Please, Hammer. Don't hurt 'em.
That’s true, seamaholic. In The NBA no player can sign a contract for longer than 5 years. No contract can be worth more than about $260 million. The top players make higher AAV though. Over $50 million a year. That’s because the amount increases each year based on revenue. You don’t see NBA players refusing to sign CBA’s every time it comes up. They can’t wait to sign and play.
The biggest problem is that the players association adamantly refuses to sign a contract based on revenue. They want all their guaranteed money no matter what revenue is. It’s not really negotiating to demand more money at the beginning of careers and more money later. That’s just demanding. They are demanding more money all around. That’s fine if they believe they are worth it.
Just don’t give us this BS line “We just want to play baseball. It’s the owners holding it up.” No you don’t. You are demanding the owners give you more of everything and refusing to play if you don’t get it. That’s not the owners holding anything up. That’s not the players “just wanting to play.” That’s the players just wanting more money and less team control earlier in their careers, more money later in their careers and higher minimum salaries while refusing to play until they get it. That’s not even negotiating. That’s demanding. Negotiation involves give and take and the players are somehow demanding that they should only take.
If the players think this is what they should get then that is fine. Everyone has the right to fight for what they believe they deserve. Just stop with this 2 faced media gaslighting tactic. Don’t demand more of everything and refuse to play unless you get it and then turn around and tell the fans “We just want to play. The owners are the problem.” If they just wanted to play they would be playing. They really just want every player to make more money. That’s fine but please at least admit it. It’s pretty insulting to the intelligence of fans when you tell them that you just want to play but we can see everything you are asking for before you do it.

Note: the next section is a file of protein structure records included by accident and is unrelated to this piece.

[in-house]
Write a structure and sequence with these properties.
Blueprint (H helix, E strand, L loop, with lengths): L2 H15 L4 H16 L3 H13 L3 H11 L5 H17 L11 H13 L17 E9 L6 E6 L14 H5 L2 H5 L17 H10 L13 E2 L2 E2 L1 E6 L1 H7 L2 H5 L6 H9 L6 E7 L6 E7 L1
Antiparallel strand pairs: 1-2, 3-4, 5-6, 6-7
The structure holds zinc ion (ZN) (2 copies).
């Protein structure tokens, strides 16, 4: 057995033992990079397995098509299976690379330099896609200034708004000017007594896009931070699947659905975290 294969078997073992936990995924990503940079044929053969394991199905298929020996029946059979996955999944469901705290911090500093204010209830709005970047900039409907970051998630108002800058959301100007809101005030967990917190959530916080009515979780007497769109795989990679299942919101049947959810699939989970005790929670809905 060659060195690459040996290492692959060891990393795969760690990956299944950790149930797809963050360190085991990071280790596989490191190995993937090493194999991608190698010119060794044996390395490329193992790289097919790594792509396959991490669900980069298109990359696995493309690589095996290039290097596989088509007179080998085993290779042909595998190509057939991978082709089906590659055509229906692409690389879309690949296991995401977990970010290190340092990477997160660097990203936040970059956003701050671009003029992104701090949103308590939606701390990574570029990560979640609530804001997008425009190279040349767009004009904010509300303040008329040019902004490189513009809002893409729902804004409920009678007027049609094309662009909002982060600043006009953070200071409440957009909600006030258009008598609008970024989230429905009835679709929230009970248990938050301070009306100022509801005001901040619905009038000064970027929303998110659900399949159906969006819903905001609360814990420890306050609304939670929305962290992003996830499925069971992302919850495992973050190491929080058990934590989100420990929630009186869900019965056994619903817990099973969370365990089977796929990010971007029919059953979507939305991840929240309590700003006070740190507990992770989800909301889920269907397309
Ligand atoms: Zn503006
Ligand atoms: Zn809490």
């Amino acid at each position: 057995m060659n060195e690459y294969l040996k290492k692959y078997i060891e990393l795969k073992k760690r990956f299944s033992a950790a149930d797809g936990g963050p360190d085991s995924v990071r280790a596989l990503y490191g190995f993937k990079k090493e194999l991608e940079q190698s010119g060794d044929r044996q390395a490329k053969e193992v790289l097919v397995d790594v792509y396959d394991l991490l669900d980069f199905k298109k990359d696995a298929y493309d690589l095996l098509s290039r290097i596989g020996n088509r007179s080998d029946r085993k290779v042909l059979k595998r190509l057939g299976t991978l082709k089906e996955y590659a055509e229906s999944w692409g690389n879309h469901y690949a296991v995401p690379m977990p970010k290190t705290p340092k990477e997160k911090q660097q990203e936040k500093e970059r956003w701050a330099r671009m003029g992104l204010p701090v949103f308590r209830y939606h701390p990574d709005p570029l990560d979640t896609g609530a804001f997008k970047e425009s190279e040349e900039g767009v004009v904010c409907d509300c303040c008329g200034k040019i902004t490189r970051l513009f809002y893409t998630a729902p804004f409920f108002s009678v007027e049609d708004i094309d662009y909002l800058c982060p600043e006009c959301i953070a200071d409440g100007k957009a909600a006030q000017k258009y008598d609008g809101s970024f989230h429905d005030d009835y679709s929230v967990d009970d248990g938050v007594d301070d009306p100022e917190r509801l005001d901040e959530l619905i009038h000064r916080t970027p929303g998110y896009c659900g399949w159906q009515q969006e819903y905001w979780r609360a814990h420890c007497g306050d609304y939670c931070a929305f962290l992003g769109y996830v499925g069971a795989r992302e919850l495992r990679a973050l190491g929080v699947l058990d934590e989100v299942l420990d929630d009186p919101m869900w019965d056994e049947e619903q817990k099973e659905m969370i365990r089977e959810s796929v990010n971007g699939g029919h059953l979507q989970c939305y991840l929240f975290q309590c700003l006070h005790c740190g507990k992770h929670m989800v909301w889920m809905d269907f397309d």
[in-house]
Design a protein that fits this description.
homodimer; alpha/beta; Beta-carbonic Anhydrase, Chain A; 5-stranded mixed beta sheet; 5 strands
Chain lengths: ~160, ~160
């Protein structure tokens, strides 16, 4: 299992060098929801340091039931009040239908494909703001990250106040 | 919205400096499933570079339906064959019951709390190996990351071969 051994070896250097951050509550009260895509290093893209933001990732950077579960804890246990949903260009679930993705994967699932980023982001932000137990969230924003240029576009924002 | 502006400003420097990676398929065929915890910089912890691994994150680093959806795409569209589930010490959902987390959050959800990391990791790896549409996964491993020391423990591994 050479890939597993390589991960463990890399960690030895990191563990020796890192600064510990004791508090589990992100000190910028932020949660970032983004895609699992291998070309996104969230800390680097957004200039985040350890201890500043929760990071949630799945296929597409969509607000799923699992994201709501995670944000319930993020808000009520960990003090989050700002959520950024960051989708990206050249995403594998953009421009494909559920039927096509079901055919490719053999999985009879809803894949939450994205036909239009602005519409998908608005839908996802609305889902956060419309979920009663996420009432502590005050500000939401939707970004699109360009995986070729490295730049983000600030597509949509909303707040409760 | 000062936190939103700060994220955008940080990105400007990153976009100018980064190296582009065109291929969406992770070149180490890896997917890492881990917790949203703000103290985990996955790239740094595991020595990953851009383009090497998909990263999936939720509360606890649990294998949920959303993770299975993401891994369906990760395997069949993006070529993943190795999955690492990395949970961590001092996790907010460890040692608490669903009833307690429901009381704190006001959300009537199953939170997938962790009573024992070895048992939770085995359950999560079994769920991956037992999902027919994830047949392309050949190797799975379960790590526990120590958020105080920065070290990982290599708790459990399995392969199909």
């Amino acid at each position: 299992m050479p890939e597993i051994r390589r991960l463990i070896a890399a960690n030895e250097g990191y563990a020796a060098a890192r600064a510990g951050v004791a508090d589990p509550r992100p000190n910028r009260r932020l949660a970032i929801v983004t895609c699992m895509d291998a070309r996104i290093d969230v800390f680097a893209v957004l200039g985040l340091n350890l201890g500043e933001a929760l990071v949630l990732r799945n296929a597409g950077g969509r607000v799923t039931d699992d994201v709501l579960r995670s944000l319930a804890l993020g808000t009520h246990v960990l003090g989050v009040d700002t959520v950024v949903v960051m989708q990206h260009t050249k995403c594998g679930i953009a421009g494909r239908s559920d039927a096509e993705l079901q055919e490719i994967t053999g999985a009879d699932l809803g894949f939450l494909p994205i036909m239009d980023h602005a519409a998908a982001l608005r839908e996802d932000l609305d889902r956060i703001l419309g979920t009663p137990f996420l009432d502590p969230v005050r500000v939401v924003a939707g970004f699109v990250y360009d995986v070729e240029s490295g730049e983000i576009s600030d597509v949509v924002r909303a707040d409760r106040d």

If they really feel they deserve more money on the front end and more money on the back end they should be honest. They should say, “This is what we feel we deserve. We are refusing to play until we get it.” If it’s what they really deserve the fans will be on their side. Right now they are trying to have it both ways by refusing to play until all their demands are met but telling the fans “we just want to play. This is the owners.” You really can’t have it both ways like that.
Hammer – Owners could increase their payrolls in conjunction with revenue increases, but that hasn’t happened the last few years. And players have offered a 12-team playoff system, which would be a big revenue increase for teams. It’s not simply the players demanding more.
Joe, as usual you missed the point. Superstars like Scherzer will always get paid handsomely and that is how it should be.
The point he was making is that since the owners are NOT paying older players as a whole well, the salaries of players over 30 has been falling for a decade, the young guys need to be paid more and sooner..